I am a time-conscious person. I try to be punctual always, and succeed most of the time. If I get delayed for reasons beyond my control, I inform the other person(s) as soon as I know I am likely to be delayed. I expect the same from others. I get terribly upset every time I encounter persons who are not time-conscious. Unless I have compelling reasons not to do so, I make my displeasure clear to such persons.

Nobody is intentionally unpunctual. Then, why is unpunctuality so widespread in India? Firstly, it’s because we do not value time: our own or that of others. Secondly, we take so much pride in being tolerant that punctual persons tolerate the unpunctuality of others. After a while, most punctual persons also become unpunctual. It’s only the unreasonable persons (like me) who insist on being punctual and on others being punctual.

More on punctuality in my posts ‘Why and How to be punctual on August 06, 2013 and Making others punctual on August 08, 2013

7 thoughts on “IST: Indian Standard Time or Indian Stretchable Time?

  1. Punctuality is something that I also take seriously, which has led to me being at places, events and functions at least 5 mins before even the host makes it to the event 🙂 That being said I don’t mind going earlier than I am supposed to.

    Have to completely agree with you that most Indians simply don’t seem to care for others’ time at all and they turn up at meetings, appointments, whenever they please to choose without even bothering to apologize.

    Nice post…resonated well with my feelings on this subject.

  2. “Indian Stretchable Time” be damned. We need to take a lead in putting an end, for our own good, to such obnoxious and uncivilized practices.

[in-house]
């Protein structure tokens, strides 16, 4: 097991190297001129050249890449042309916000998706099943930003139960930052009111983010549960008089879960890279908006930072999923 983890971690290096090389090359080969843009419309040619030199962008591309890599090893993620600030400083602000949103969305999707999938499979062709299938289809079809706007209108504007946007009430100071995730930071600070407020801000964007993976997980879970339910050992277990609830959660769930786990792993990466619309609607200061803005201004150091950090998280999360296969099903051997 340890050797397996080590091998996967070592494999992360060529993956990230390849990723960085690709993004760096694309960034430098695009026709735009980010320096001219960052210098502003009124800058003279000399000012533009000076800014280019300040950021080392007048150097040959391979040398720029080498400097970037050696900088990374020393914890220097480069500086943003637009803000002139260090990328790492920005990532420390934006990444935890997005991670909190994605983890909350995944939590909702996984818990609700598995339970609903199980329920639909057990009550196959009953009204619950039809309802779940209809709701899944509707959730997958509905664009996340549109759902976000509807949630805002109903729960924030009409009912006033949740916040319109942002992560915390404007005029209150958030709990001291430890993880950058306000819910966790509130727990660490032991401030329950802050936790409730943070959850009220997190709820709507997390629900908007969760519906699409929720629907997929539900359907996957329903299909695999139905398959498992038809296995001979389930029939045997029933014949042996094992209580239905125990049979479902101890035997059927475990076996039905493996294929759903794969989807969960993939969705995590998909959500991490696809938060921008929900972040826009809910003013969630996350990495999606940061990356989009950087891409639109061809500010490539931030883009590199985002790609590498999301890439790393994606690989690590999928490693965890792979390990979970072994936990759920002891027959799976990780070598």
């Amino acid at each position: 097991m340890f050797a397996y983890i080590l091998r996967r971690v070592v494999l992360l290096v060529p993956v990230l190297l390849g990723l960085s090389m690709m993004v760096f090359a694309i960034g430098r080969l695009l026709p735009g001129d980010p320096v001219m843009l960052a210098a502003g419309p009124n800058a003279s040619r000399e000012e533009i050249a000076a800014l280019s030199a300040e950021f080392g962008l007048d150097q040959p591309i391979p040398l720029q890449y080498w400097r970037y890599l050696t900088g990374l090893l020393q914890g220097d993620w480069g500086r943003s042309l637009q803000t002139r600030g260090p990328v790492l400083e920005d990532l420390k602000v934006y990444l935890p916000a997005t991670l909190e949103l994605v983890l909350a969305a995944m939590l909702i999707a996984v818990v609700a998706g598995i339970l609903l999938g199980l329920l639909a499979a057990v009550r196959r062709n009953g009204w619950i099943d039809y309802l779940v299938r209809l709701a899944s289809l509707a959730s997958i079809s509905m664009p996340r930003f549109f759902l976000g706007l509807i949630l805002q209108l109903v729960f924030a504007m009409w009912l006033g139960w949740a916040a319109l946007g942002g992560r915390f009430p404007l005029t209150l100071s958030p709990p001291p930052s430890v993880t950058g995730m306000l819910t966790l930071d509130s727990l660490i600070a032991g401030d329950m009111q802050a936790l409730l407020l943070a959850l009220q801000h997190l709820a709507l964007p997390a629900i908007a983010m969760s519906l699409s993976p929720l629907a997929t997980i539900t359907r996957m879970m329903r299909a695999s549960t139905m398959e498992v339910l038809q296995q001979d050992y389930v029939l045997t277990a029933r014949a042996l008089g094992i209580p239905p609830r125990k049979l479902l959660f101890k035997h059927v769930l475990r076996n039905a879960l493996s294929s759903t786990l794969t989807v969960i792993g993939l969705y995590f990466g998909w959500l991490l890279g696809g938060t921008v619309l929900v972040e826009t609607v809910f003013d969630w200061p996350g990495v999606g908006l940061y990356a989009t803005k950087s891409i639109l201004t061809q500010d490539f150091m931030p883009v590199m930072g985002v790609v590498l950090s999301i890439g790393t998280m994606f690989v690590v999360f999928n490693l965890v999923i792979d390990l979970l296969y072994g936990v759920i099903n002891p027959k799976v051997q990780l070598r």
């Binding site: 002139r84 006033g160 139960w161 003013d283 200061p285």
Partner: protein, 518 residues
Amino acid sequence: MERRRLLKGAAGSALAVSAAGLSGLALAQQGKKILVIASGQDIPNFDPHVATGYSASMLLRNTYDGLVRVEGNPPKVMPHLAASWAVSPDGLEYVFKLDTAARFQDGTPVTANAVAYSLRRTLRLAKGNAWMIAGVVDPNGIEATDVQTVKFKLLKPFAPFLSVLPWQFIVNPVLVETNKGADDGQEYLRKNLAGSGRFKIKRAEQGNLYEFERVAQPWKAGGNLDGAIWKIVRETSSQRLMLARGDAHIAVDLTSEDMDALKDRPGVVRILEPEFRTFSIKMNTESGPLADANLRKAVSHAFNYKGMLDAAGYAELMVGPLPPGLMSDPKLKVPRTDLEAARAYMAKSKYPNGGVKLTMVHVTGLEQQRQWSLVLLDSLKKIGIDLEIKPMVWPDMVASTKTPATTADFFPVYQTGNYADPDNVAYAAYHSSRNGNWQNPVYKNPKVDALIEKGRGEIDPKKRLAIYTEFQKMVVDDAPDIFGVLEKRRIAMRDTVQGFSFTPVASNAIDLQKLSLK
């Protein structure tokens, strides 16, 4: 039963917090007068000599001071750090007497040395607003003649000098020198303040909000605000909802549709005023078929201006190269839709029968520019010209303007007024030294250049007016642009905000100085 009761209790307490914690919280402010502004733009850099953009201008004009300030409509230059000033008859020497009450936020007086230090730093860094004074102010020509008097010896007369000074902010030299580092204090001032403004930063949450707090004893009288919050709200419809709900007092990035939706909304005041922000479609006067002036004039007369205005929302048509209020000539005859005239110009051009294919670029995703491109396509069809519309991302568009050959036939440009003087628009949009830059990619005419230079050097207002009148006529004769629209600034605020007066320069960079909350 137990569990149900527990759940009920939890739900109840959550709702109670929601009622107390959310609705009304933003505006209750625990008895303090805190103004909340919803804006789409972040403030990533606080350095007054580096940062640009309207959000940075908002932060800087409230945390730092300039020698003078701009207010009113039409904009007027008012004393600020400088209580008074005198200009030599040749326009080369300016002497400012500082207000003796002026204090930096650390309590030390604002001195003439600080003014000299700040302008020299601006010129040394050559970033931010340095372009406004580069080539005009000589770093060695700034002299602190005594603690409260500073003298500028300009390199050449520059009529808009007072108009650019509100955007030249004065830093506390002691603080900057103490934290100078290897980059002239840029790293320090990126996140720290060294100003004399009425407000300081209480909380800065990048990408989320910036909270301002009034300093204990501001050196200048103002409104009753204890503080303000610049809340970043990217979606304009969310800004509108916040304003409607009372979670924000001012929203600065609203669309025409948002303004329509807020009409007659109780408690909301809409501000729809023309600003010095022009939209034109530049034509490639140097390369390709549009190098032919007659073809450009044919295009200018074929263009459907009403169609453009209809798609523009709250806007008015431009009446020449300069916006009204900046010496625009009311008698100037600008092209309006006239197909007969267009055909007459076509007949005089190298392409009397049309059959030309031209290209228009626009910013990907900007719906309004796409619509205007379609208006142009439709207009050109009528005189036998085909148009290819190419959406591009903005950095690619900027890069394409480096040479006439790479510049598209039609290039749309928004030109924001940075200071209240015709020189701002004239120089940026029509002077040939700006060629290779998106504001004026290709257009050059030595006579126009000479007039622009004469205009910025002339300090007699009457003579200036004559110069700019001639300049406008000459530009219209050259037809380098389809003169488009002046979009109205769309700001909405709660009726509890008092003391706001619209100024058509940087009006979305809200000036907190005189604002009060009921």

For one, as a matter of principle, I don’t keep people waiting and I don’t countenance anyone doing it to me.
    In civil society organizations that I am a member of, if the meeting doesn’t start off at the scheduled time for whatever reason, be it non-arrival of the Chairman or the presence/absence of quorum,I insist that the meeting start by taking the Chair myself and calling the House to order and commencing business. So-much-so all members make it a point to come in time!
    QED nothing is impossible. I’m one of the Co-Founders of a Municipal Corporation owned public open space recreation ground that opens at dawn on the dot and closes at the appointed time, users have to walk compulsorily in anti-clock wise direction on soft gravel top walking-cum-jogging track, no eats, drinks, chewing or smoking, no plucking of flowers. Lit up initially by CFL and now by LED lamps; in-house organic composting, drip-irrigation from on-site bore well, no potable water; reserved areas for kids and elders;ramped entry for prams and physically challenged. This remains the only public place to be awarded the Citizens Award by the Mumbai Chapter of the Indian Heritage Society. It can be done!

  3. Pingback: Making others punctual | Proactive Indian

  4. Very well said..@proactive Indian
    I also believe in punctuality….if I have any meeting or appointment, I try to reach at least before half an hour, so that even if I get delayed due to some reasons , I can at least reach on time…